The six-book series were rebundled into two-volume books--referred to as Classic Series--and the Central Series became no longer available as individual single book volumes. Each volume has a unique name and contained three of the six books, with no titled separation between the books specifically. Reasons include making the books more palatable to e-book formats and to "age up" the books to the desired eight-to-twelve age range (as most children of those age ranges have or will soon transition into chapter books of considerable length with few to no illustrations).

Books released for characters exclusive to BeForever, starting with Maryellen and onwards, are only available in this cover and book style.

  • The top stripe contains the American Girl Logo, and below that the BeForever Logo.
  • To the right side in a single character color stripe is the character name and the year. Instead of individual styled handwriting, a standard script font was used for all names.
  • An oval logo contains the unique name of the volume and "A classic featuring ____"
  • Volume numbers are listed in the lower right.
  • Theme colors for some characters changed dramatically (e.g. Addy's color changed from a dark orange to medium blue).
  • All internal illustrations have been removed.
  • Cover illustrations are more photo-realistic, and include detailed backgrounds. All new covers were done by Juliana Kolesova.
  • Transitional paragraphs and sentences are placed between chapters in some books to tie books together.[7]
  • The Looking Back Section has been changed to "Inside ____'s World" and is a two-page summary of the era.
  • The spine is in the assigned color. At the top (left, when held with text upright) is the BeForever logo. In the center is the title of the volume, the new dingbat logo, and "A 'Character' Classic 1 (2)". The bottom/right is a red section with the American Girl logo.
  • The back text either headlines with "Meet Character's full name" (Vol 1) or "Character's Story Continues..." (Vol 2) and discusses, briefly, the stories contained inside the volume. Below are shown the covers of the other volume and the My Journey Book, with text saying to look for the other books. Below that is the AG promotional text, followed by a unique dividing line appropriate to the era (e.g pearls for Samantha) over data about American Girl, the book and the ISBN and barcode.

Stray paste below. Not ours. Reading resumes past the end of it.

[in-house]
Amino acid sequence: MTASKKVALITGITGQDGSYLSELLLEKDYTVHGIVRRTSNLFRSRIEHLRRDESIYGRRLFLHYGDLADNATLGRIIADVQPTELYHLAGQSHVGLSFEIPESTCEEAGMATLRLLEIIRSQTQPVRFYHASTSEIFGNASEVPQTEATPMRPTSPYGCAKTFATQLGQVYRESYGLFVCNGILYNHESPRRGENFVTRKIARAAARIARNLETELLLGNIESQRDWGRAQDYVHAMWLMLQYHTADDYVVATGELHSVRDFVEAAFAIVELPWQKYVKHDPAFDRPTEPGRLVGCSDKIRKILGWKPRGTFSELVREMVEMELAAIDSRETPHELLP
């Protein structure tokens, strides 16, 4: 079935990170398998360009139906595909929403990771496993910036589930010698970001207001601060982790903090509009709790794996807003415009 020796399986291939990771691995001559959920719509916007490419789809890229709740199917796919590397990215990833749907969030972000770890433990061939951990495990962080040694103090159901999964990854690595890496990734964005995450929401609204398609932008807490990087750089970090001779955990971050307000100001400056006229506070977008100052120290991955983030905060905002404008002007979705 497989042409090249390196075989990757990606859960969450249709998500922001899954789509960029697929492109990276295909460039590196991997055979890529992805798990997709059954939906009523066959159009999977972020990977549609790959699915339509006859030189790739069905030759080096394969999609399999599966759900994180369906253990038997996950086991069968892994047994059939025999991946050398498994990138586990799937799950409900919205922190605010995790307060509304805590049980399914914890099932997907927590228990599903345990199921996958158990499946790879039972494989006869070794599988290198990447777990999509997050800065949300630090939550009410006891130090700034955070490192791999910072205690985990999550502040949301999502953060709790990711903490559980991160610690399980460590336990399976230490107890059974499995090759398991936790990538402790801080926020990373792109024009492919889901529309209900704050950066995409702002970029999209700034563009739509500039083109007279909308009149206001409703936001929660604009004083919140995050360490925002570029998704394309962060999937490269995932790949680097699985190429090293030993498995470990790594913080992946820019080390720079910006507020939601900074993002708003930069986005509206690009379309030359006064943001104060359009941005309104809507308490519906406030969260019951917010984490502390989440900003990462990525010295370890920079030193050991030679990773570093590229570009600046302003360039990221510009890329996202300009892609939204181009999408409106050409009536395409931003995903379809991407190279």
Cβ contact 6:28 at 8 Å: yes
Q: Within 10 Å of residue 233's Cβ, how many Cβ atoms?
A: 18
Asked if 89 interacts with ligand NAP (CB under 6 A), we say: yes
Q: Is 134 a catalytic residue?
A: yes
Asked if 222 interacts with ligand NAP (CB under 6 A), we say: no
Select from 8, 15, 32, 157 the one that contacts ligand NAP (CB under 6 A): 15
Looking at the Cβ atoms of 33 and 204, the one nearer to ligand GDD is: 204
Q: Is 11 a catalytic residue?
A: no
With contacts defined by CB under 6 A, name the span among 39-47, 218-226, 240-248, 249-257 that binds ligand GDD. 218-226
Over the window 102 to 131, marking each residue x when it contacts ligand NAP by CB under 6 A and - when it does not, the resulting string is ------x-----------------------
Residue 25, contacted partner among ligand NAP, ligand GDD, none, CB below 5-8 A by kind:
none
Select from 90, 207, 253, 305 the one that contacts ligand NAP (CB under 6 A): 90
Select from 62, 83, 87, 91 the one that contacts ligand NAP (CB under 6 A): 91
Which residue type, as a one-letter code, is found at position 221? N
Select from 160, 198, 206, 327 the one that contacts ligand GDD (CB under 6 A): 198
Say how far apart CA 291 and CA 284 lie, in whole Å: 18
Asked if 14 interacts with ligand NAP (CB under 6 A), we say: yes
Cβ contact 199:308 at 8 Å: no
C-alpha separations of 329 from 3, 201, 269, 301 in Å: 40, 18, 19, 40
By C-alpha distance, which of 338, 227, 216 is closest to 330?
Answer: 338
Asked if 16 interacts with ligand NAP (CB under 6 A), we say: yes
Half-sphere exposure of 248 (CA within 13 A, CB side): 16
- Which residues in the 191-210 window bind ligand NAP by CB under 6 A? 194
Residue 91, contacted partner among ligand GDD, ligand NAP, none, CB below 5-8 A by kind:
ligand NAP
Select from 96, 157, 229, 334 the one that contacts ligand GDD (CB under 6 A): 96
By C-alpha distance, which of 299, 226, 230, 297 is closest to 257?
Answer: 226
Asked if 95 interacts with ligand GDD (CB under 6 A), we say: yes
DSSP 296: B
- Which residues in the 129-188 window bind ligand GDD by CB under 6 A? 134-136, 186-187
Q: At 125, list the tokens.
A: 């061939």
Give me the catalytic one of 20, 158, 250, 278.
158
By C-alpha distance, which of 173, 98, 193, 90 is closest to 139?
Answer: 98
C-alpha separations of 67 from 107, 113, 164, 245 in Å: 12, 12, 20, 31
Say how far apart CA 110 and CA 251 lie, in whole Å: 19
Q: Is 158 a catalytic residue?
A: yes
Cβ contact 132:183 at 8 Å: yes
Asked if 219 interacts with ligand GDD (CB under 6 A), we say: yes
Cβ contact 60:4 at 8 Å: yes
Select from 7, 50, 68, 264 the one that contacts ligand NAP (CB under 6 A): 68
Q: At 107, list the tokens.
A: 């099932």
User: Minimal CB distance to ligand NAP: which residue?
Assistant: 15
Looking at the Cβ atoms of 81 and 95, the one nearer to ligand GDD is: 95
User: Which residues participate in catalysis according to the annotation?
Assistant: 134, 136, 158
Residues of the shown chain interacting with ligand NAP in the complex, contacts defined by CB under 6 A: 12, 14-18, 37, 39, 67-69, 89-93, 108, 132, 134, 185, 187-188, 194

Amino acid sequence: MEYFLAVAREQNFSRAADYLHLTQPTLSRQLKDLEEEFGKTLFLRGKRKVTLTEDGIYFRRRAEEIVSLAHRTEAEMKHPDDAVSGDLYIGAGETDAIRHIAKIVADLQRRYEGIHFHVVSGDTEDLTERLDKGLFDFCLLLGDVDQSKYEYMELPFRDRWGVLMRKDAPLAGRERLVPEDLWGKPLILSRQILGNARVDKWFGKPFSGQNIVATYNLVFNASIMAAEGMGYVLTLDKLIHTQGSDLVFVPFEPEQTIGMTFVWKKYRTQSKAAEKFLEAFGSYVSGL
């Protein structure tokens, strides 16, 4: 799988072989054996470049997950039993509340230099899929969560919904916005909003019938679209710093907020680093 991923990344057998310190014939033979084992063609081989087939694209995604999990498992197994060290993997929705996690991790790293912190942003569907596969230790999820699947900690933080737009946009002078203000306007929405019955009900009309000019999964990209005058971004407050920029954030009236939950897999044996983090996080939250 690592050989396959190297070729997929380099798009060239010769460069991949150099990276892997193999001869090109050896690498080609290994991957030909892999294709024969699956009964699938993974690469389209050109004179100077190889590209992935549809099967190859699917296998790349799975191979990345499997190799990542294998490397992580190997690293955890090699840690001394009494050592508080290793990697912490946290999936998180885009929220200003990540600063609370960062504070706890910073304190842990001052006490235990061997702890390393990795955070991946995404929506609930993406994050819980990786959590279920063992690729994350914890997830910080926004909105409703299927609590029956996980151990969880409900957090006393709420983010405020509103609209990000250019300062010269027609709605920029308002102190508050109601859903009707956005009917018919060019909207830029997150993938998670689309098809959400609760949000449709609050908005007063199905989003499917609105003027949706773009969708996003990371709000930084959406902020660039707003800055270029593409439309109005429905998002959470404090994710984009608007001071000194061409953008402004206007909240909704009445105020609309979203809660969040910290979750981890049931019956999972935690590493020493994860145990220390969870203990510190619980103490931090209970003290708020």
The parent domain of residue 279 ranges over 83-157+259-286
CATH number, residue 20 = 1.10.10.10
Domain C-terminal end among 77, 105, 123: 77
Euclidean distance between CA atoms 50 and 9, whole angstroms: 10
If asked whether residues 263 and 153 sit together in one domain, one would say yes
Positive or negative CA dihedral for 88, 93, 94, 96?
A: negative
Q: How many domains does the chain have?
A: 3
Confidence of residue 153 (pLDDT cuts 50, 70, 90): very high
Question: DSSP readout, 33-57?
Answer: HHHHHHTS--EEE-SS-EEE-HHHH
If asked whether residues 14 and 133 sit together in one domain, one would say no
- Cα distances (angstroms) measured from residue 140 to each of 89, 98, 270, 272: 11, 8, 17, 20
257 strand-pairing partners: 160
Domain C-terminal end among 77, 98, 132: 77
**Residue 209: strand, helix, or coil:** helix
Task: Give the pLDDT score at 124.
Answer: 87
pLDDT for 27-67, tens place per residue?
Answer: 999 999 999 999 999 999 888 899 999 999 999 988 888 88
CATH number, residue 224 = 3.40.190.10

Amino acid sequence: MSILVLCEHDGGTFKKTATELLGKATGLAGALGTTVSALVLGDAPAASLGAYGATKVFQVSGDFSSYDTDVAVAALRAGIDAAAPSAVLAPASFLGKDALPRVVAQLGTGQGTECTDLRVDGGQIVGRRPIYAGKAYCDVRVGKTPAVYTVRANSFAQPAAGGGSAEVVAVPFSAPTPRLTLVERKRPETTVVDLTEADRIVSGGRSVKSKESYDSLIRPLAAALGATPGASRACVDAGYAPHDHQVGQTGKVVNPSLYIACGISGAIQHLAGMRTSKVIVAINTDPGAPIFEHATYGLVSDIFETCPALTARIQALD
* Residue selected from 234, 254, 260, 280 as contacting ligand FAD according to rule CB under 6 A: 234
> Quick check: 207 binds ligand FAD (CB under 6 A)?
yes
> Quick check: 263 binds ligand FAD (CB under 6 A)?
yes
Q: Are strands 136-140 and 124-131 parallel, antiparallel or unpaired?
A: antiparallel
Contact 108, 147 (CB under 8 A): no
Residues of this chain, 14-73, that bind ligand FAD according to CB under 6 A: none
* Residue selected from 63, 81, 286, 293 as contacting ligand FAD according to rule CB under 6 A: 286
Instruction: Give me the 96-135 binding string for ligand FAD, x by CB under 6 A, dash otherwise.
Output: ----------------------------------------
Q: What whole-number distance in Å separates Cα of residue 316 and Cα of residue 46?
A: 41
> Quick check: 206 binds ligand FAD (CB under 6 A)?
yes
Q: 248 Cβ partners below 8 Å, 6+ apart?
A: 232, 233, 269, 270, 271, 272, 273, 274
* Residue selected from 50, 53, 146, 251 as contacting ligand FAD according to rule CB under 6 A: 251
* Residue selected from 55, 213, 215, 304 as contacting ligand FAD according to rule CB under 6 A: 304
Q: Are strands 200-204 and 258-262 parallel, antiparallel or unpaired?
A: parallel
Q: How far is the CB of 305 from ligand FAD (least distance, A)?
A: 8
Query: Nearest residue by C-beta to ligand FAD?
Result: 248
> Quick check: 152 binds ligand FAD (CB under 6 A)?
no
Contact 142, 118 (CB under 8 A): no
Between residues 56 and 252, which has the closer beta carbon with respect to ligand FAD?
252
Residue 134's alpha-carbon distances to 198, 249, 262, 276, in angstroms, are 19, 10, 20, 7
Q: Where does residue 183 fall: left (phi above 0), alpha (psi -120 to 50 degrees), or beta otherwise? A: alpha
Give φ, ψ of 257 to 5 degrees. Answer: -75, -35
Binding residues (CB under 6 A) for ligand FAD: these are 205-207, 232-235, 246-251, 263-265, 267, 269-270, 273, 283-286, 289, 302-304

Older style books were slowly phased out of print and retired. This resulted in books for Felicity and Molly (until rerelease), Kirsten, Marie-Grace and Cecile, and all Best Friend Characters books being no longer available as easily through American Girl directly, though they remain available through the website when searched.

The newer BeForever style was also loosely applied to the Girls of the Year and, later, the Contemporary Characters.

Story Patterns in the Central Series (1986-2004)

The patterns within the books--both plots and covers--were perpetuated all the way through Kit Kittredge's release. Each parallel book in the individual series had a specific cover style which varied only by the character and era, in part to help display items available in the Historical Collections and show parallels among characters. Plots generally loosely aligned in some way.

Meet Books

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Meet Book Example:Meet Kirsten.

See: Meet Books

Each meet book was titled Meet Name: An American Girl. The book establishes the character, their family and some friends, a major issue or theme for the series, and the setting and historical era. The timeline is set from either late spring or summer to the early fall, so as to neatly connect to the following school book. In each, the character experiences a conflict or personal dramatic issue related to the era's events. These range from small in personal scale (such as Molly's Halloween "war" with her brother) to greatly character significance (such as Addy and her mother's escape to freedom or Kirsten's immigration). These books were always packaged with the Historical Character dolls to introduce the character's world along with the doll.

In the American Girl of Today writer's guide, it is explicitly stated that each character is given a big problem that will carry throughout the six books--i.e. the themes of their stories.

Meet Cover Design: The character was initially viewed sideways to the right, walking in front of a location, with her head turned towards in a three-quarters view.. She wore her meet outfit and at least some of her meet accessories. Updated covers before the BeForever Changes did not change this much, except for Molly McIntire who was shown in her Halloween Hula Costume.

When Kit was released, a set of all seven Historical Characters' meet books was available for a short time.

School Books

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School Book Example:Felicity Learns a Lesson.

Each school book was titled Name Learns a Lesson: A School Story. The book takes place in the fall, often within a short span of time after the events of the Meet Book. The main character starts their formal education (in some cases for the first time, such as Addy) and, if she has not already met their "Best Friend" in the first book, meets them here--an example being Kirsten and Singing Bird.